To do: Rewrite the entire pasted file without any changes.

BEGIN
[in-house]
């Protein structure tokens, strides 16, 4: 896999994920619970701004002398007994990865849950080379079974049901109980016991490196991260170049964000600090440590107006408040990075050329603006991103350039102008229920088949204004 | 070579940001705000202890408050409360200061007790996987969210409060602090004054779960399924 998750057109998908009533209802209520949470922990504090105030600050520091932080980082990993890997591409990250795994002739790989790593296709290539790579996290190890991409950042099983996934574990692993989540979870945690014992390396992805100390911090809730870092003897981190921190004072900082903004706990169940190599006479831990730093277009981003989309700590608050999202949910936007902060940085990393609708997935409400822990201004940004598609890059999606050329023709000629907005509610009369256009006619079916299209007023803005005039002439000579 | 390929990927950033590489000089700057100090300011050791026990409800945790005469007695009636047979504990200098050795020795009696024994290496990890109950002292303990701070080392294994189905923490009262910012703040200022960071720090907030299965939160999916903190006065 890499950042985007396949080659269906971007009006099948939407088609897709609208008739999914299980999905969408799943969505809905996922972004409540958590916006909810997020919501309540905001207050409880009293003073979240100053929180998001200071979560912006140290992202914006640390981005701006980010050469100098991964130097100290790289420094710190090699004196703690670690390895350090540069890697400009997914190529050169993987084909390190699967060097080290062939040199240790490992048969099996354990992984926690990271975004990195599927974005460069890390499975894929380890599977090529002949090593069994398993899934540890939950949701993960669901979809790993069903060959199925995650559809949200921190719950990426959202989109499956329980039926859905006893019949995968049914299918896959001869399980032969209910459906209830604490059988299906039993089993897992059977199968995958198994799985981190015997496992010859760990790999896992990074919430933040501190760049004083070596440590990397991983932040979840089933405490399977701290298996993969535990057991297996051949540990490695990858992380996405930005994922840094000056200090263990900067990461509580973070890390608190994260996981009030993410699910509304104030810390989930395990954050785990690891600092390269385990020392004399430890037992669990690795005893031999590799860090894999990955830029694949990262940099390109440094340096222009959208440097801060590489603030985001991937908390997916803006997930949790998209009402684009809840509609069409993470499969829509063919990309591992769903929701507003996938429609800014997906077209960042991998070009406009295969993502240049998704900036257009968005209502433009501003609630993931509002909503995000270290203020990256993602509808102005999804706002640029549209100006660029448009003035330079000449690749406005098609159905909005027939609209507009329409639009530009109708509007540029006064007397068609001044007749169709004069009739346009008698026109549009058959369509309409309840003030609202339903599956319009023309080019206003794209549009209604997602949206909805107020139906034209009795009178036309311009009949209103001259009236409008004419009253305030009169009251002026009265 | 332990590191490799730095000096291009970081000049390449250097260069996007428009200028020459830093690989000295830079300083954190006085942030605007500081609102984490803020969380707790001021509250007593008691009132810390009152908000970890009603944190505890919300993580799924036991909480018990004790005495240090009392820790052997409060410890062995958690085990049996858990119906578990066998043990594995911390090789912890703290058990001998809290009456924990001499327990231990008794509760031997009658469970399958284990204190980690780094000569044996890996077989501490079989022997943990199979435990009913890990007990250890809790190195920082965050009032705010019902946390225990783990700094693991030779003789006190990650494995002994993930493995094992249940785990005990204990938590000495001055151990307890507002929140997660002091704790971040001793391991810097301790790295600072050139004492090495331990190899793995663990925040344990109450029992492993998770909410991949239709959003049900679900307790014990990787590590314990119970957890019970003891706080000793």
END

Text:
[in-house]
């Protein structure tokens, strides 16, 4: 896999994920619970701004002398007994990865849950080379079974049901109980016991490196991260170049964000600090440590107006408040990075050329603006991103350039102008229920088949204004 | 070579940001705000202890408050409360200061007790996987969210409060602090004054779960399924 998750057109998908009533209802209520949470922990504090105030600050520091932080980082990993890997591409990250795994002739790989790593296709290539790579996290190890991409950042099983996934574990692993989540979870945690014992390396992805100390911090809730870092003897981190921190004072900082903004706990169940190599006479831990730093277009981003989309700590608050999202949910936007902060940085990393609708997935409400822990201004940004598609890059999606050329023709000629907005509610009369256009006619079916299209007023803005005039002439000579 | 390929990927950033590489000089700057100090300011050791026990409800945790005469007695009636047979504990200098050795020795009696024994290496990890109950002292303990701070080392294994189905923490009262910012703040200022960071720090907030299965939160999916903190006065 890499950042985007396949080659269906971007009006099948939407088609897709609208008739999914299980999905969408799943969505809905996922972004409540958590916006909810997020919501309540905001207050409880009293003073979240100053929180998001200071979560912006140290992202914006640390981005701006980010050469100098991964130097100290790289420094710190090699004196703690670690390895350090540069890697400009997914190529050169993987084909390190699967060097080290062939040199240790490992048969099996354990992984926690990271975004990195599927974005460069890390499975894929380890599977090529002949090593069994398993899934540890939950949701993960669901979809790993069903060959199925995650559809949200921190719950990426959202989109499956329980039926859905006893019949995968049914299918896959001869399980032969209910459906209830604490059988299906039993089993897992059977199968995958198994799985981190015997496992010859760990790999896992990074919430933040501190760049004083070596440590990397991983932040979840089933405490399977701290298996993969535990057991297996051949540990490695990858992380996405930005994922840094000056200090263990900067990461509580973070890390608190994260996981009030993410699910509304104030810390989930395990954050785990690891600092390269385990020392004399430890037992669990690795005893031999590799860090894999990955830029694949990262940099390109440094340096222009959208440097801060590489603030985001991937908390997916803006997930949790998209009402684009809840509609069409993470499969829509063919990309591992769903929701507003996938429609800014997906077209960042991998070009406009295969993502240049998704900036257009968005209502433009501003609630993931509002909503995000270290203020990256993602509808102005999804706002640029549209100006660029448009003035330079000449690749406005098609159905909005027939609209507009329409639009530009109708509007540029006064007397068609001044007749169709004069009739346009008698026109549009058959369509309409309840003030609202339903599956319009023309080019206003794209549009209604997602949206909805107020139906034209009795009178036309311009009949209103001259009236409008004419009253305030009169009251002026009265 | 332990590191490799730095000096291009970081000049390449250097260069996007428009200028020459830093690989000295830079300083954190006085942030605007500081609102984490803020969380707790001021509250007593008691009132810390009152908000970890009603944190505890919300993580799924036991909480018990004790005495240090009392820790052997409060410890062995958690085990049996858990119906578990066998043990594995911390090789912890703290058990001998809290009456924990001499327990231990008794509760031997009658469970399958284990204190980690780094000569044996890996077989501490079989022997943990199979435990009913890990007990250890809790190195920082965050009032705010019902946390225990783990700094693991030779003789006190990650494995002994993930493995094992249940785990005990204990938590000495001055151990307890507002929140997660002091704790971040001793391991810097301790790295600072050139004492090495331990190899793995663990925040344990109450029992492993998770909410991949239709959003049900679900307790014990990787590590314990119970957890019970003891706080000793």